Garbage to Gold - Locating and Re-using Space Debris with Server Sky

Keith Lofstrom / Server Sky PO Box 289 Beaverton Oregon 97075 / Email:


Server Sky thin satellite arrays make excellent radar transmitters and receivers, and will be able to track very small objects in space with very high accuracy.

Thinsats have a minimum mass-to-area ratio limited by orbit stability in solar light pressure. We can reduce launch mass by another order of magnitude by adding simple mass ballast after launch and before deployment. The skins and propellant tanks of more than 1600 derelict upper stages in orbit can be cut into penny-sized ballast weights with lasers, and attached to ultra-thinsats. After the space debris is consumed, lunar regolith can be launched from the moon and formed into ballast, another small step towards space manufacturing.

Locating and Tracking Space Debris

Server sky arrays contain millions of radios and computers. Although intended for internet data service to the ground, the arrays may also be used as radars.

Server sky arrays can focus kilowatts of millimeter wave radio energy into precisely aimed pencil-thin beams. Beams from many arrays can overlap in one small region of space, creating high power standing waves. When an object crosses though these regions, it encounters radio peaks and zeros, and its radar reflections will have a millisecond-scale amplitude and phase variation unique to its specific trajectory, position, and velocity.

Server sky arrays are also receivers, capturing the narrowband return signal and correlating it against expected signatures with massive amounts of array calculation. This can locate objects down to centimeter scale. Trajectories can be precisely computed to centimeter position accuracy and micrometer per second velocity accuracy.

One launch can put hundreds of high power arrays into orbit, which can search many regions of space in parallel. Groups of array can look down upon billions of cubic kilometers of space, and select different target regions in microseconds. There is no atmospheric distortion in space. Array can locate the arrays to a few micrometers, greatly outperforming ground radar systems, in frequency bands that do not penetrate the atmosphere.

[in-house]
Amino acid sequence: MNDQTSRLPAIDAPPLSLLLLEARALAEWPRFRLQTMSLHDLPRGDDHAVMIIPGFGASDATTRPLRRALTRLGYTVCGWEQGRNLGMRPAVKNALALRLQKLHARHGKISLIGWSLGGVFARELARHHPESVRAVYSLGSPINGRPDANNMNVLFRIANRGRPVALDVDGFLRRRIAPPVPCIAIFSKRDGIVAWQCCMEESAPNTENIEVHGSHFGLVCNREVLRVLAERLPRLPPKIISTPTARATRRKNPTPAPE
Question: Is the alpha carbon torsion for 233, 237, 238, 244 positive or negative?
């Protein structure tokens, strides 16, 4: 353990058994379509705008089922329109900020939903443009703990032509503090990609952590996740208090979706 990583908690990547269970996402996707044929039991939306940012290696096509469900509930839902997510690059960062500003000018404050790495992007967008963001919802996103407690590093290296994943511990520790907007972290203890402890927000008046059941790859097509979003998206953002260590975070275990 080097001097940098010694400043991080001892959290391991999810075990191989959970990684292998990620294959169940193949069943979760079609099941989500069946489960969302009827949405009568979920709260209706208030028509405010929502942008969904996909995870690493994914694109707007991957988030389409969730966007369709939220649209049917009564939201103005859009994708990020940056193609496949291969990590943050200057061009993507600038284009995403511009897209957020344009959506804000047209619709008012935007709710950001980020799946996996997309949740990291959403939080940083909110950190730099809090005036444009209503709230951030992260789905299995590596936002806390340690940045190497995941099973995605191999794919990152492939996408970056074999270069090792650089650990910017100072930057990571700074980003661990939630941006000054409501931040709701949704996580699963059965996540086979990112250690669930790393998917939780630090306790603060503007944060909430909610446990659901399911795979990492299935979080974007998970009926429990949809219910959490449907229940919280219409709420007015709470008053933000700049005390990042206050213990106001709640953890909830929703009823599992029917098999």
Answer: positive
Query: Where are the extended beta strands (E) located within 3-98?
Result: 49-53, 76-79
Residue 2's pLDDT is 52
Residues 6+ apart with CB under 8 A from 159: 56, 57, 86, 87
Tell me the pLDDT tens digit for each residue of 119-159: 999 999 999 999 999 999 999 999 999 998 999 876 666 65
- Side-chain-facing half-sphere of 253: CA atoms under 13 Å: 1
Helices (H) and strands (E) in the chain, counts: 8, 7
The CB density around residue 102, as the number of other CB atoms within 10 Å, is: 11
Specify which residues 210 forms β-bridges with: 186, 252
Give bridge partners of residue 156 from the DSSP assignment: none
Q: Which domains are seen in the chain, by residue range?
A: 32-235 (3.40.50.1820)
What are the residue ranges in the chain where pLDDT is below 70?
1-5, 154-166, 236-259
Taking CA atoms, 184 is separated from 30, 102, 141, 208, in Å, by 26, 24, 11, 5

Light Sail Orbit Instability

Server sky thinsats are light sails, perturbed by light pressure. Light pressure modifies orbits, moving sunward thinsats away from the Earth and starward thinsats inwards. Starting with a starwards, sufficiently eccentric orbit, the light pressure orbit modification can track the relative position of the sun. Insufficiently massive thinsats may drift out of assigned orbits, creating a hazard to satellites in other orbits. If there are thousands of thinsat arrays in orbit, collisions may become difficult to avoid, even if the arrays are highly maneuverable and the other satellites are precisely tracked. This problem gets worse as orbit radii increase.

The only way to keep arrays in stable low-eccentricity orbits is to restrict the maximum area-to-mass ratio of thinsats to about 10m²/kg at 6400km orbital altitude, and perhaps 2m²/kg at GEO. While this is still far lighter than current "aircraft-style" satellites, it places a lower limit on launch cost.

If we can someday thinsats 5 microns thick, with area to weigh ratios of 100m²/kg, achieve 15% solar cell efficiency, and $2000/kg launch, that would result in 10 watts in orbit per dollar of launch cost. But such ultra-thinsats would not be stable.

What if we could launch these very thin satellites, and attach ballast weight in orbit?

Reusing Space Debris

Instead of mere avoidance, we can collect the derelict objects, and recycle many of them. NORAD tracks 1500+ spent upper stages, with acres of aluminum skin and tank.

Specialized satellites with high $I_{SP}$ VASIMR thrusters and powerful lasers can cut the skins and tanks into penny-sized ballast mass for future ultra-thinsats. The ballasts are ferried to M288 to attach to new ultralight thinsats. Every kilogram delivered to M288 with fuel-efficient space tugs enables an extra kilowatt of ultra-thinsat.

Many of those rocket bodies are far from M288, in LEO and MEO orbits accessible to electrodynamic tether EDDE capture systems. Those objects can be collected into "junkyards" in low orbit for other re-uses, or de-orbited and re-entered. Accurate server sky radar will help mission planning for EDDE as well as detect and characterize potential tether-cutting colliders.

In the long term, we will run out of usable space debris. Continuing ultra-thinsat cost reduction will need another source of ballast mass. Far less energy is needed to launch mass from the moon down to lower orbits. While sophisticated space manufacturing will be difficult, attaching penny-sized lumps from regolith to thinsats in microgravity is an easy manufacturing process.


Besides server sky's main mission of providing orbiting internet access and communication, replacing terrestrial power generation and infrastructure, it can also be used for high precision radar, protecting billions of dollars worth of other satellites. As server sky evolves, it will create a high value market for recycled space debris, and later for regolith from the moon. Server sky may be the first step to a space-based economy.

Note to reviewers: ISDC2013ss1 describes Server Sky and applications such as computation and communication for the developing world. This talk should follow that one.

ISDC2013ss2 (last edited 2013-04-11 18:46:08 by KeithLofstrom)